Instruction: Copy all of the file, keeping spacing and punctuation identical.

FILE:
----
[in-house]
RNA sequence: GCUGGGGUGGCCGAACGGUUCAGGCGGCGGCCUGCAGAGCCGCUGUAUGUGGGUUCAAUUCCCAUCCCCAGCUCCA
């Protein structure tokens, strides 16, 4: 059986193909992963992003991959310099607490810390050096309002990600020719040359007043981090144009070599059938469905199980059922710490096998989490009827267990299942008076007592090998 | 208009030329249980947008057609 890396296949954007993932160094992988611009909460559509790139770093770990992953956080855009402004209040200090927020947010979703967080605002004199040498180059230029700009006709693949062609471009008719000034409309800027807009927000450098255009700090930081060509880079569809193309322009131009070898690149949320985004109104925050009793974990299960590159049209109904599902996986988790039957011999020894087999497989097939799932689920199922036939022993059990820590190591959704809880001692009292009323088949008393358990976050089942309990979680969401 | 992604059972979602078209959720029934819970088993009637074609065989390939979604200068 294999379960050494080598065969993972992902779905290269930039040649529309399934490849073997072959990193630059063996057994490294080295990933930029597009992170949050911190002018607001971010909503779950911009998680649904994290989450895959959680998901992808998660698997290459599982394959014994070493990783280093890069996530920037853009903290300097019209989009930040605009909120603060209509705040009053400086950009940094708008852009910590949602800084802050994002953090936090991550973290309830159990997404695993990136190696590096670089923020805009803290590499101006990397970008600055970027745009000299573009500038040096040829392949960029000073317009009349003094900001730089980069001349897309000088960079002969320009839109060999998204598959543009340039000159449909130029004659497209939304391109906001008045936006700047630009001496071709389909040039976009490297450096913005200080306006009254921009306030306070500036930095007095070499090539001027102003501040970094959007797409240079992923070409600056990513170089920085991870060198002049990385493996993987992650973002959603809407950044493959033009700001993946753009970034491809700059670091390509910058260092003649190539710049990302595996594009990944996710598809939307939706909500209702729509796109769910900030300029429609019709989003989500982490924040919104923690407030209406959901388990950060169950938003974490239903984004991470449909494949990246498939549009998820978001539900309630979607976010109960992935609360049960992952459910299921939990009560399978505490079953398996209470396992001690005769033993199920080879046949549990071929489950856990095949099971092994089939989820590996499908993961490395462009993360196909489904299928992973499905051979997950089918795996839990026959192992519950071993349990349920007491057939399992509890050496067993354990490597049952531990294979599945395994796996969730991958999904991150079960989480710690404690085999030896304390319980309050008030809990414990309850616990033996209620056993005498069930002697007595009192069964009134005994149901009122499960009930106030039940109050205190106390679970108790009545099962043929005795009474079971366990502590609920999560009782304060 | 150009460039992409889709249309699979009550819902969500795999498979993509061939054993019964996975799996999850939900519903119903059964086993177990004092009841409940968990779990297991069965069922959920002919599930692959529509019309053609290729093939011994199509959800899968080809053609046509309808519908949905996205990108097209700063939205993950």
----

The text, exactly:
[in-house]
RNA sequence: GCUGGGGUGGCCGAACGGUUCAGGCGGCGGCCUGCAGAGCCGCUGUAUGUGGGUUCAAUUCCCAUCCCCAGCUCCA
């Protein structure tokens, strides 16, 4: 059986193909992963992003991959310099607490810390050096309002990600020719040359007043981090144009070599059938469905199980059922710490096998989490009827267990299942008076007592090998 | 208009030329249980947008057609 890396296949954007993932160094992988611009909460559509790139770093770990992953956080855009402004209040200090927020947010979703967080605002004199040498180059230029700009006709693949062609471009008719000034409309800027807009927000450098255009700090930081060509880079569809193309322009131009070898690149949320985004109104925050009793974990299960590159049209109904599902996986988790039957011999020894087999497989097939799932689920199922036939022993059990820590190591959704809880001692009292009323088949008393358990976050089942309990979680969401 | 992604059972979602078209959720029934819970088993009637074609065989390939979604200068 294999379960050494080598065969993972992902779905290269930039040649529309399934490849073997072959990193630059063996057994490294080295990933930029597009992170949050911190002018607001971010909503779950911009998680649904994290989450895959959680998901992808998660698997290459599982394959014994070493990783280093890069996530920037853009903290300097019209989009930040605009909120603060209509705040009053400086950009940094708008852009910590949602800084802050994002953090936090991550973290309830159990997404695993990136190696590096670089923020805009803290590499101006990397970008600055970027745009000299573009500038040096040829392949960029000073317009009349003094900001730089980069001349897309000088960079002969320009839109060999998204598959543009340039000159449909130029004659497209939304391109906001008045936006700047630009001496071709389909040039976009490297450096913005200080306006009254921009306030306070500036930095007095070499090539001027102003501040970094959007797409240079992923070409600056990513170089920085991870060198002049990385493996993987992650973002959603809407950044493959033009700001993946753009970034491809700059670091390509910058260092003649190539710049990302595996594009990944996710598809939307939706909500209702729509796109769910900030300029429609019709989003989500982490924040919104923690407030209406959901388990950060169950938003974490239903984004991470449909494949990246498939549009998820978001539900309630979607976010109960992935609360049960992952459910299921939990009560399978505490079953398996209470396992001690005769033993199920080879046949549990071929489950856990095949099971092994089939989820590996499908993961490395462009993360196909489904299928992973499905051979997950089918795996839990026959192992519950071993349990349920007491057939399992509890050496067993354990490597049952531990294979599945395994796996969730991958999904991150079960989480710690404690085999030896304390319980309050008030809990414990309850616990033996209620056993005498069930002697007595009192069964009134005994149901009122499960009930106030039940109050205190106390679970108790009545099962043929005795009474079971366990502590609920999560009782304060 | 150009460039992409889709249309699979009550819902969500795999498979993509061939054993019964996975799996999850939900519903119903059964086993177990004092009841409940968990779990297991069965069922959920002919599930692959529509019309053609290729093939011994199509959800899968080809053609046509309808519908949905996205990108097209700063939205993950």